The Federal Communications Commission (FCC) has announced that net neutrality protections will be repealed on June 11, 30 days after the notice was filed on Thursday. Alongside the expiration, new rules governing Internet service providers will also take effect.
According to FCC Chairman Ajit Pai, previous rules were deemed as “utility-styled and heavy-handed.” He also emphasized that the Internet has always been open and free, so there was no need for any restrictions made during the Obama presidency.
“The Internet wasn’t broken in 2015, when the prior FCC buckled to political pressure and imposed heavy-handed Title II rules on the Internet economy,” Pai expressed in a statement. Despite opposition, Pai’s “Restoring Internet Freedom” proposal was green-lighted in December of last year. However, by April of 2018, only a few of the provisions were implemented due to a prolonged bureaucratic process. But on May 2, the Office of Management and Budget finally signed off the remaining key points.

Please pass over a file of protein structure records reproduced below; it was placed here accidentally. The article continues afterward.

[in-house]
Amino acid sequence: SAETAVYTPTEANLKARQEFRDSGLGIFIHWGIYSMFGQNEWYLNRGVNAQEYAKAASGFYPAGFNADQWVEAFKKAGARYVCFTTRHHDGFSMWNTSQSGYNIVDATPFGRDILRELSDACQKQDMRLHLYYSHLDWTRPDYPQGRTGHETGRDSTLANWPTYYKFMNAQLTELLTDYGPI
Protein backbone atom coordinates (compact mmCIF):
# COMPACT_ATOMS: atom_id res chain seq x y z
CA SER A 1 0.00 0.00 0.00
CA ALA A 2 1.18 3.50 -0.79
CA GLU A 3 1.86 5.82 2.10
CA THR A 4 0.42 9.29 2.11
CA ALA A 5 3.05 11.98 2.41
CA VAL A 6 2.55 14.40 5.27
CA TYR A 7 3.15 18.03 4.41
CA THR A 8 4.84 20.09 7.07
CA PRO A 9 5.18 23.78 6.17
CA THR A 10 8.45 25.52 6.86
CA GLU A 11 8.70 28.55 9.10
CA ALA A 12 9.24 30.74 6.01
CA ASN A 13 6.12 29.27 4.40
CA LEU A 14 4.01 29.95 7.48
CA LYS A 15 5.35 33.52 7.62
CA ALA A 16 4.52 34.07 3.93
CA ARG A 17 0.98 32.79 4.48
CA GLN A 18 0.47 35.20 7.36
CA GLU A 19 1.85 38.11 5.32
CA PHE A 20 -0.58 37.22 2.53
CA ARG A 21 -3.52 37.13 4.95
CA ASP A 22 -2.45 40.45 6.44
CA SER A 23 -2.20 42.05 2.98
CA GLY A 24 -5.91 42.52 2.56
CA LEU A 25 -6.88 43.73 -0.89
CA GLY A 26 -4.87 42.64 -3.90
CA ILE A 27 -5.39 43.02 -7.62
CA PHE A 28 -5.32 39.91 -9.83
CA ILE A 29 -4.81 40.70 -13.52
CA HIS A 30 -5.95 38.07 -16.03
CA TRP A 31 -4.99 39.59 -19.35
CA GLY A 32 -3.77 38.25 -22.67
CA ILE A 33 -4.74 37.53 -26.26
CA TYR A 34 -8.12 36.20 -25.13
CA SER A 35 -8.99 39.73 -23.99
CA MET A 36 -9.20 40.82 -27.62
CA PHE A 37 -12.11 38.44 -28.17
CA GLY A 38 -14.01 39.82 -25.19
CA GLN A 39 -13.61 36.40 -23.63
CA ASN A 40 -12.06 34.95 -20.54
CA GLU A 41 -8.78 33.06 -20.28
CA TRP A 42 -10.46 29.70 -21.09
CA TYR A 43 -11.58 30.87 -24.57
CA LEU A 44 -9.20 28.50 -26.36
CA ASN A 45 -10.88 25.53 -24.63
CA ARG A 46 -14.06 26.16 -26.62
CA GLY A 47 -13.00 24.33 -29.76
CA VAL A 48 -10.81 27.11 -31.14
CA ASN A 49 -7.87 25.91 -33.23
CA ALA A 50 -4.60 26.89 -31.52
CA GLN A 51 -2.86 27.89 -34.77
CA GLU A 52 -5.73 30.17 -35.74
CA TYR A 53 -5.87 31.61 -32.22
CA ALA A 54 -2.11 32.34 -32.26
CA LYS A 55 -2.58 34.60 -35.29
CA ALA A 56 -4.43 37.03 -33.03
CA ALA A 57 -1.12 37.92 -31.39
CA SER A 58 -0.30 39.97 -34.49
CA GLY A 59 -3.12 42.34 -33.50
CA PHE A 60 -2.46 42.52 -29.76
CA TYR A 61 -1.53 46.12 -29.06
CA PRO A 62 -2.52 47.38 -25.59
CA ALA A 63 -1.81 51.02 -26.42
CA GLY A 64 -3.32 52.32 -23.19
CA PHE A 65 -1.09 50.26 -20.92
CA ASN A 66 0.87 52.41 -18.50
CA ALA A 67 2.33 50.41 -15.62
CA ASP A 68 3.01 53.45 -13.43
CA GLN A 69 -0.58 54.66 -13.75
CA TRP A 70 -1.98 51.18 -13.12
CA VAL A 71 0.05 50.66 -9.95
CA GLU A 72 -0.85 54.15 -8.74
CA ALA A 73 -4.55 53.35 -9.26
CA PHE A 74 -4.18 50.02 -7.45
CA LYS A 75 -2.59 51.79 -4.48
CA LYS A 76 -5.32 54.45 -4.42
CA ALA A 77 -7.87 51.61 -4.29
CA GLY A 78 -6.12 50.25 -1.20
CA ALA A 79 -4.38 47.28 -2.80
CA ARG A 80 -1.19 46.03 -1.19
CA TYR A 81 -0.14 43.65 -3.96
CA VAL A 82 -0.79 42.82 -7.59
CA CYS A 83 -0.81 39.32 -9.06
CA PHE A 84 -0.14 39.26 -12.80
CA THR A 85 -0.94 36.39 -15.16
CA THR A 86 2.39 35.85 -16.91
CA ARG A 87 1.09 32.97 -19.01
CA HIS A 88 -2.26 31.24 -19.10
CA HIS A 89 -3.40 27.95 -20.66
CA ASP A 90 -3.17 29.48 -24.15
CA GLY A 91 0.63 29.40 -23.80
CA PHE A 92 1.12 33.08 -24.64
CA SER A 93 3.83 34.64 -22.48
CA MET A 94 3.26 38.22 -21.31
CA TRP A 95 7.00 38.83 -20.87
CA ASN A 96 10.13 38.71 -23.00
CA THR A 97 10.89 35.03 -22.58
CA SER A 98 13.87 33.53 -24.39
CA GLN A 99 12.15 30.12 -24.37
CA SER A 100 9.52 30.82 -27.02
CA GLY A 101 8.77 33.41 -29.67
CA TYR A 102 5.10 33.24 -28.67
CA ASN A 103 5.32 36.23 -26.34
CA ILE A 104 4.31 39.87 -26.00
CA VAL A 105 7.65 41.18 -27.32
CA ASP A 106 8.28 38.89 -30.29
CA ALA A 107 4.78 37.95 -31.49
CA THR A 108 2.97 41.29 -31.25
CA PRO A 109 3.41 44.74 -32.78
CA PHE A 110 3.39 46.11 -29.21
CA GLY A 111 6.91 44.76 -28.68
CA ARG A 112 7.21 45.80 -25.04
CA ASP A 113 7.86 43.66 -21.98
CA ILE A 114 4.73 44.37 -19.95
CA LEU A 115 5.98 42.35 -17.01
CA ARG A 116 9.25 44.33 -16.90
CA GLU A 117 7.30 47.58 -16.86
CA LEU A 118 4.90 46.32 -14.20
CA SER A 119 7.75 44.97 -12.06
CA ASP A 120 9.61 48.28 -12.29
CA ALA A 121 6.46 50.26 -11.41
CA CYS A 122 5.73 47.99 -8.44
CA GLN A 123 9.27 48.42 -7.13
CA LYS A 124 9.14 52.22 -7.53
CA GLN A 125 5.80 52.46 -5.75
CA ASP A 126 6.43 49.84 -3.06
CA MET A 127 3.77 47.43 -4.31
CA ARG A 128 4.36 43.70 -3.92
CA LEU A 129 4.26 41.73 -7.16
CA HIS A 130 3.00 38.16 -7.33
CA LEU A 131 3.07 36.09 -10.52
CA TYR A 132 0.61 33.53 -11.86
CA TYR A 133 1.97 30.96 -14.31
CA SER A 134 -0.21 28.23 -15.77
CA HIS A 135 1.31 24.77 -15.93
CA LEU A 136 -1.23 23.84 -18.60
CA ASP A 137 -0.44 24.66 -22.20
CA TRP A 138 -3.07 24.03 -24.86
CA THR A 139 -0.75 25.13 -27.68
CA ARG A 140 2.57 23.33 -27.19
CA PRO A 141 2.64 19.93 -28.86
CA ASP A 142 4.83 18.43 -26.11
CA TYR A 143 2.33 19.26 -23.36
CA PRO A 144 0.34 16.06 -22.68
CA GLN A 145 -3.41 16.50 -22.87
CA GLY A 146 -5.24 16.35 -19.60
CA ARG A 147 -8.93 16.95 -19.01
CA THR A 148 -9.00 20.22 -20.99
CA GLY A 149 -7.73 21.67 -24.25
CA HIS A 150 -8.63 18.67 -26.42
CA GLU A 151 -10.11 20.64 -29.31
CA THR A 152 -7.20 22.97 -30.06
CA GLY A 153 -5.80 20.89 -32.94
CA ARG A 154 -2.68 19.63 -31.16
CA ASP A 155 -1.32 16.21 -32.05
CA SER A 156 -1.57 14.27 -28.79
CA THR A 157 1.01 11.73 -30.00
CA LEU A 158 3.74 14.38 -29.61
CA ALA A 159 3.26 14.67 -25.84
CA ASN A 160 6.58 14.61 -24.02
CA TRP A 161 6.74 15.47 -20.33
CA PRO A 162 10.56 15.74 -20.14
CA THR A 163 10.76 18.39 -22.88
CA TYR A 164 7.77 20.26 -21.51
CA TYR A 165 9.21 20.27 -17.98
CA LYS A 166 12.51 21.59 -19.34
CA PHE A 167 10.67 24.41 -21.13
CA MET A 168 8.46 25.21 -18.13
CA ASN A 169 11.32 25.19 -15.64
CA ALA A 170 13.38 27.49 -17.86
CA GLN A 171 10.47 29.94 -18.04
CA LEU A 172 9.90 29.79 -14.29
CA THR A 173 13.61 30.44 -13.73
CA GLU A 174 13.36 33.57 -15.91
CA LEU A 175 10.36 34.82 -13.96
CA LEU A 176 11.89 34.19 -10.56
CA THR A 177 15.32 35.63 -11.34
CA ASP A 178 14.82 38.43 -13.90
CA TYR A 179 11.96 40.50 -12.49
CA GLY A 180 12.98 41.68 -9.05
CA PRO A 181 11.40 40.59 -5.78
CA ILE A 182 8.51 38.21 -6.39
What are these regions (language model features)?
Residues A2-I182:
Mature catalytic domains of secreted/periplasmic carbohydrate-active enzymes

Set in the Obama-era, open-internet rules prevented service providers from blocking or slowing down access to specific sites and charging consumers more for faster content loading. Several Internet service providers (ISPs) were accused of throttling and restricting the access of their customers to rival companies with similar offerings. It was a practice that indicated a massive government oversight and jumpstarted FCC investigations under the 2015 rules.
Once net neutrality rules expire, transparency rules will take effect and ISPs like Comcast, Verizon, and AT&T are mandated to inform their customers when they will limit or restrict content and offer faster options at higher fees. These companies also pledged to be impartial against legal content.
For net neutrality advocates, the fight for an open Internet continues ahead of the June deadline. Democrat senators have presented a petition to reverse Pai’s repeal and the Senate is set to vote on it next week. Even if the legislation passes Senate and Congress hurdles, President Donald Trump is expected to reject it.
More than 20 states have filed a lawsuit to block the net neutrality repeal. Several states have adopted laws enforcing the principles of net neutrality within their borders. FCC, however, has asserted authority over any state legislation inconsistent with the repeal.